Many couples enter into marriage fully confident that their financial interests are protected through a prenuptial agreement. Of course, if you get it right, this legal agreement can help resolve the subject of marital property identification and division during divorce.
However, not every prenuptial agreement is worth its salt. For this reason, it is important that you understand what makes a prenuptial agreement valid, or invalid.
Understanding prenuptial agreements
Basically, a prenuptial agreement, or prenup as it is commonly known, is a legal contract that soon-to-marry couples sign (at least, in part) to separate personal property from marital property should the marriage end in a divorce.
A prenup is especially helpful under a given set of circumstances such as when one party is coming into the marriage with substantial assets or debts, if they have children from a previous relationship or if they are expecting a substantial inheritance.
However, for a prenuptial agreement to be valid and, thus, enforceable, it must meet the following requirements:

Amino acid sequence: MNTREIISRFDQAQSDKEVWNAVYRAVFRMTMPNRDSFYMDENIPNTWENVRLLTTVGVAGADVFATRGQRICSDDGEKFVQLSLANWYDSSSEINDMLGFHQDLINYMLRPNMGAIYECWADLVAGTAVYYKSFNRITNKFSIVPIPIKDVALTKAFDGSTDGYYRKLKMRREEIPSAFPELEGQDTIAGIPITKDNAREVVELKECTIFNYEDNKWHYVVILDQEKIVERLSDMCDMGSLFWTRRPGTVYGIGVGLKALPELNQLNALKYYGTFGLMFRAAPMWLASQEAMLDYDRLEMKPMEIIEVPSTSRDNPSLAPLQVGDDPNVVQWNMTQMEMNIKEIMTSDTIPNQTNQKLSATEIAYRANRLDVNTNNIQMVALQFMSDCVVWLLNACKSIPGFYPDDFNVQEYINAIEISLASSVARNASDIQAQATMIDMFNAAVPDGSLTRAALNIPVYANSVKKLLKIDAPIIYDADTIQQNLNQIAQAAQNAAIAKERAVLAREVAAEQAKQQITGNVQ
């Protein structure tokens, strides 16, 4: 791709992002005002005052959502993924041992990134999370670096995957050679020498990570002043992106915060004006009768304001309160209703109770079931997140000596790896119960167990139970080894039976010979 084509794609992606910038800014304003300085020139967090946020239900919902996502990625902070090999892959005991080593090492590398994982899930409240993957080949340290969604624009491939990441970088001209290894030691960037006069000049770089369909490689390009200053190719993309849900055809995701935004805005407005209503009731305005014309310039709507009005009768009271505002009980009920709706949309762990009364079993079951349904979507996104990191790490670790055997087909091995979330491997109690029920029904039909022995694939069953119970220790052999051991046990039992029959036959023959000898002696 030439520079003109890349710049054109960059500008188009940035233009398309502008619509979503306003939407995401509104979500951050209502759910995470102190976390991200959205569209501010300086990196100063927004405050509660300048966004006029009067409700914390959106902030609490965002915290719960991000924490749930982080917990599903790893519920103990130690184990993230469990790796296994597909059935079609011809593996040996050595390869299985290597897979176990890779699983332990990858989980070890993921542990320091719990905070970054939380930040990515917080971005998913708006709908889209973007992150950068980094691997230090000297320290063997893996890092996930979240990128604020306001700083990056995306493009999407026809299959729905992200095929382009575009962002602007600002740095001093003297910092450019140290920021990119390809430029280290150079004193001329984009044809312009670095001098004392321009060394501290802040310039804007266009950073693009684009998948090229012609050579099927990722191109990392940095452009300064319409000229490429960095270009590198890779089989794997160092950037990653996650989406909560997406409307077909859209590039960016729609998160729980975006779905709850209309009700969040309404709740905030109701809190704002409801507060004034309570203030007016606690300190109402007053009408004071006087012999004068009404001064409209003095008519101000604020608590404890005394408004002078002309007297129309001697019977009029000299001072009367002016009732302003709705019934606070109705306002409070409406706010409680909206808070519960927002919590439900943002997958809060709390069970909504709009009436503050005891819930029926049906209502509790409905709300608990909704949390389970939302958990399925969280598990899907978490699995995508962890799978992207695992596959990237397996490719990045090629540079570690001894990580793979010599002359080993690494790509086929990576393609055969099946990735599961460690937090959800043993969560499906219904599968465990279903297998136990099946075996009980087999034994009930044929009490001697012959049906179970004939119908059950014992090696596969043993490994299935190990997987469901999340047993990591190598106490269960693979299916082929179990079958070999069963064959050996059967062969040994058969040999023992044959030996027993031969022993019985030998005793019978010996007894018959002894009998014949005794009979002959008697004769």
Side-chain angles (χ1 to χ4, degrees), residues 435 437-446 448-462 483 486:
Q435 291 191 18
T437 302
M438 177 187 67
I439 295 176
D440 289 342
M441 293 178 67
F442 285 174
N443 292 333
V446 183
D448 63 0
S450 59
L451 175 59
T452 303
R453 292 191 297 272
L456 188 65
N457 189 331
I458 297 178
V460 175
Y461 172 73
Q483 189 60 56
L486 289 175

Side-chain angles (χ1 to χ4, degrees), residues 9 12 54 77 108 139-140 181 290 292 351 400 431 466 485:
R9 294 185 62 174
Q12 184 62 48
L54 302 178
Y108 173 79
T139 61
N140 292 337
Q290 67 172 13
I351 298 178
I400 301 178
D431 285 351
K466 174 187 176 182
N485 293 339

- It must be made in writing. A verbal prenuptial agreement cannot be enforced by an Arkansas divorce court
- Both parties must voluntarily sign the agreement. One party cannot trick or coerce their soon-to-be spouse into signing a prenup
- Both parties must fully disclose what they own and owe while signing the document
- The prenup must not contain unconscionable terms. In other words, it cannot appear to be unfair or severely disadvantageous to one party
- Both parties must sign the document, and it is best if they do so in the presence of their legal representative.
Planning your wedding is important. But so is planning for life’s uncertainties. With a valid prenuptial agreement in place, you can have peace of mind knowing that your financial interests will be protected should the marriage end in a divorce.